Tuesday, July 16 2024

Google Search Adds 3D Monuments, Including the Parthenon


Google has added 3d monuments to its search results, including the Parthenon in Athens. The search engine has started incorporating augmented reality (AR) objects into its Google Search feature, which 3d results for space, science and athletes, animals, and now, popular world monuments.

Google’s view of the 3d monuments allows users to rotate the landmarks and zoom into their details. Users also have the option to overlay a monument into their space with their camera lens’ using the “View in 3D” option.

The feature allows you to take pictures and videos with the 3D rendered monuments. The Parthenon– one of Greece’s most culturally significant landmarks– is available as a 3D object. The Parthenon is an ancient temple located in the Athenian Acropolis in Athens, Greece. The site was meant to honor the goddess Athena and was once filled with sculptures that were famously removed from the site by Lord Elgin in the 19th century.


Here is a complete list of world monuments you can explore in 3D with Google’s new feature:

Abbaye du Mont-Saint-Michel Conservatory of Flowers Neuschwanstein Castle St. Patrick’s Cathedral
Alcatraz Island Eiffel Tower Niteroi Contemporary Art Museum St. Paul’s Cathedral
Alhambra Empire State Building One World Trade Center St. Peter’s Basilica
Amazon Theatre Ferry Building Palace of Versailles Statue of Liberty National Monument
Arasaka Imperia Residence Flatiron Building Palace of Westminster Stonehenge
Arc de Triomphe Giotto’s Bell Tower Palais Garnier The Angel of Independence
Aztec Stadium Golden Gate Bridge Palazzo Vecchio The British Museum
Basilica of Our Lady of Guadalupe Japan National Stadium Pantheon The Centre Pompidou
Basilica of Santa Croce in Florence Kaminarimon Gate Panthéon The Metropolitan Museum of Art
Basilica of Santa Maria Novella Kensington Palace Parthenon The Painted Ladies
Big Ben La Sagrada Familia Piazza della Signoria The Palace of Fine Arts
Brooklyn Bridge Leaning Tower of Pisa Piazza Navona Tokyo National Museum
Buckingham Palace Les Invalides PIER 39 Tokyo Skytree
Campidogilo square London Eye Pitti Palace Tokyo Tower
Capela Curial de São Francisco de Assis Louvre Museum Placa de Catalunya Tower of London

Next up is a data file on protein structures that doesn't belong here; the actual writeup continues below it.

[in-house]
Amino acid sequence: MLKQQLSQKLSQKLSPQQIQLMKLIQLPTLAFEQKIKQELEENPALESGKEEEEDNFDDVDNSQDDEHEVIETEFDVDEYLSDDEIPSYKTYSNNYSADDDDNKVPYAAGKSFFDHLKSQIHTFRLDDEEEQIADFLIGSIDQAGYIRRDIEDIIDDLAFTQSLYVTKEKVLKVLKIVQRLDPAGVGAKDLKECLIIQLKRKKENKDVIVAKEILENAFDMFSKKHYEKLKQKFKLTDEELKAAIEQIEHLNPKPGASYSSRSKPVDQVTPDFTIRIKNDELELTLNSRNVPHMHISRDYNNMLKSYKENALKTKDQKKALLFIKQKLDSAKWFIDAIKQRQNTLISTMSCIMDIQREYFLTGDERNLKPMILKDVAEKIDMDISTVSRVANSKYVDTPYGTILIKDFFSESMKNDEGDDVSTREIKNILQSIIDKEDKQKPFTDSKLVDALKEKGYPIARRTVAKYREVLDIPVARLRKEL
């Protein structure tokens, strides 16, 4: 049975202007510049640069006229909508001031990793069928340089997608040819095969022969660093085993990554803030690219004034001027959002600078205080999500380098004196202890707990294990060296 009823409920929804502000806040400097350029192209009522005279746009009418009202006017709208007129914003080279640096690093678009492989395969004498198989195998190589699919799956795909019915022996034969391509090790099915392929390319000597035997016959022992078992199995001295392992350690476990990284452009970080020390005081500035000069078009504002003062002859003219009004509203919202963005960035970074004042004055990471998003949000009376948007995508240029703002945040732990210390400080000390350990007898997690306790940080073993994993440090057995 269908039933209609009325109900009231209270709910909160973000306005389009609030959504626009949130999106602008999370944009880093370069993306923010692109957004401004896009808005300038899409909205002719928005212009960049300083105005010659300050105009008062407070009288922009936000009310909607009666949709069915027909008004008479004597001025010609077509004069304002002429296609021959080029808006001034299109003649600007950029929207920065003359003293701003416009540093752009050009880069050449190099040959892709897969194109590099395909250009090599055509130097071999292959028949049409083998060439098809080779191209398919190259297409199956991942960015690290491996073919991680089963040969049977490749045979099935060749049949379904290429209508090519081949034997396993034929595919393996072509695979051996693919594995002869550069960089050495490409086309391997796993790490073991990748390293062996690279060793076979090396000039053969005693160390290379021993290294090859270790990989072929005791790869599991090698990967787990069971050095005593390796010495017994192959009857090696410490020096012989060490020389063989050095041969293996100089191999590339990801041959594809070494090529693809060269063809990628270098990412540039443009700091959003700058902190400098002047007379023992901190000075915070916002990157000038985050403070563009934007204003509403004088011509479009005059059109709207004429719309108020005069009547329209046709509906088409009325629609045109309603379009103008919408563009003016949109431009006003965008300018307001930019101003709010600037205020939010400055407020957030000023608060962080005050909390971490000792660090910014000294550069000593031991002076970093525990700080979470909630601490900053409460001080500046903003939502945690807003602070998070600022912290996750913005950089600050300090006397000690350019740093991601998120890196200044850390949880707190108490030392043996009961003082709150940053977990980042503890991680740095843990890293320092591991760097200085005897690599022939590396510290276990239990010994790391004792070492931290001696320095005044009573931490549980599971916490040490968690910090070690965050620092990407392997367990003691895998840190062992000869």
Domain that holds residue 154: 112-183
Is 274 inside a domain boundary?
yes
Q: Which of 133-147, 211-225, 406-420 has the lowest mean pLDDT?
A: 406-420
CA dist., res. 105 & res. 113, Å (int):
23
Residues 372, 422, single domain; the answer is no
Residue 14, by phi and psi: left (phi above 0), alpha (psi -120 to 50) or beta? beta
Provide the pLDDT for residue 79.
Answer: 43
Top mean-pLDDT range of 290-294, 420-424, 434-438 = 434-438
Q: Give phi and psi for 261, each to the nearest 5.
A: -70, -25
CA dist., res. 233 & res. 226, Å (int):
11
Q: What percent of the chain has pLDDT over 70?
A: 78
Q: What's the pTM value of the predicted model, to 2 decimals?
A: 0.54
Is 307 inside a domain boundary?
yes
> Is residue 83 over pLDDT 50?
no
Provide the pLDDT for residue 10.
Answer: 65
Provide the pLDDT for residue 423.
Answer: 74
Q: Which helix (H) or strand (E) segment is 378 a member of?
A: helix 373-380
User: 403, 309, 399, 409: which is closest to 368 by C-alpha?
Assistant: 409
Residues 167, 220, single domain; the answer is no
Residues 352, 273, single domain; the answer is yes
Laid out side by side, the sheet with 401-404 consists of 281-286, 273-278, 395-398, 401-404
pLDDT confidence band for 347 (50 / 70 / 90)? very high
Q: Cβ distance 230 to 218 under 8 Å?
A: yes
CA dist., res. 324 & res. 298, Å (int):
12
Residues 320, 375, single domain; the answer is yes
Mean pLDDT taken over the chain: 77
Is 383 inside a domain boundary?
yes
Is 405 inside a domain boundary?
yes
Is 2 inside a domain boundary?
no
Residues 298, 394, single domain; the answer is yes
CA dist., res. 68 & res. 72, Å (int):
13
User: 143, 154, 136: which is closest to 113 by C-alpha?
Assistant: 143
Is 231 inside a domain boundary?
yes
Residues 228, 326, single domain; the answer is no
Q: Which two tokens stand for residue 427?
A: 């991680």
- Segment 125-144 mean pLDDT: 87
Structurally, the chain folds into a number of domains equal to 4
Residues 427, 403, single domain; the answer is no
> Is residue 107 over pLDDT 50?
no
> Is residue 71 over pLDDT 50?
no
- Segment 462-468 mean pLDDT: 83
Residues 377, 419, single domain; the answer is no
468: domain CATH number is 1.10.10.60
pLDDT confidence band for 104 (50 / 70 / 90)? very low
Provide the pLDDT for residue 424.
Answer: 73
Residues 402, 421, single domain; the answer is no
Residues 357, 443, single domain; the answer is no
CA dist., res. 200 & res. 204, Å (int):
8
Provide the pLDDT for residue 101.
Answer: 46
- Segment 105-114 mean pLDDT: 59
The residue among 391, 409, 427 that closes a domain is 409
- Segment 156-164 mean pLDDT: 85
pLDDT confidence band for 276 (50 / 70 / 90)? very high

Castel Sant’Angelo Magic Fountain of Montjuic Ponte Vecchio Trafalgar Square
Castle of Good Hope Meiji Jingu Rhodes Memorial Trevi Fountain
Cathedral of Barcelona Mexico City Metropolitan Cathedral Rockefeller Center Union Buildings
Cathedral of Brasilia Monument of the Ninos Heroes Roman Forum Ushiku Building
Cathedral of Santa Maria del Fiore Monument to the Revolution Sacré-Cœur Voortrekker Monument
Cathedrale Norte-Dame de Paris Moses Mabhida Stadium San Francisco – Oakland Bay Bridge Westminster Abbey
Chapultepec Castle Mount Rushmore National Memorial São Paulo Cathedral Yoyogi National Stadium
Christ the Redeemer Musée d’Orsay Sensō-ji Zojoji
Coit Tower National Museum of Nature and Science = Solomon R. Guggenheim Museum  
Columbus Monument National Palace Sri Sri Radha Radhanath Temple

The Parthenon’s design eccentricities are strengths

The Parthenon is one of the most iconic structures in the history of Western civilization. It stands in splendor on Acropolis Hill in Athens, and has stood like that for 2,500 years. Experts believe that the ingenuity of the Parthenon’s construction has allowed it to miraculously survive the ravages of time, nature and mankind.

For decades, engineers, architects and scientists have wondered exactly how this ingenious structure has successfully stood the test of time to continue to tower majestically over the Greek capital.

This architectural and engineering wonder, with its height, width and depth defining the very concept of perfect proportion, has kept its secrets for many centuries since its completion in the year 438 BC. That is, until engineers and architects recently revealed the Parthenon’s design and construction secrets.

Several studies have found that despite the fact that the temple of the Parthenon does not even have a foundation it has triple anti-seismic protection which is responsible for keeping it upright after the many earthquakes and upheavals of the past 25 centuries.

According to civil engineer Niki Timotheou, studies of its architectural and structural form have shown that the Ancients had already discovered what we today call “seismic insulation.”

The temple, according to Timotheou, successfully contradicts all theories of modern civil engineering because even though it has no foundation whatsoever, and stands right on bedrock, it has three means of insulating itself against earthquakes.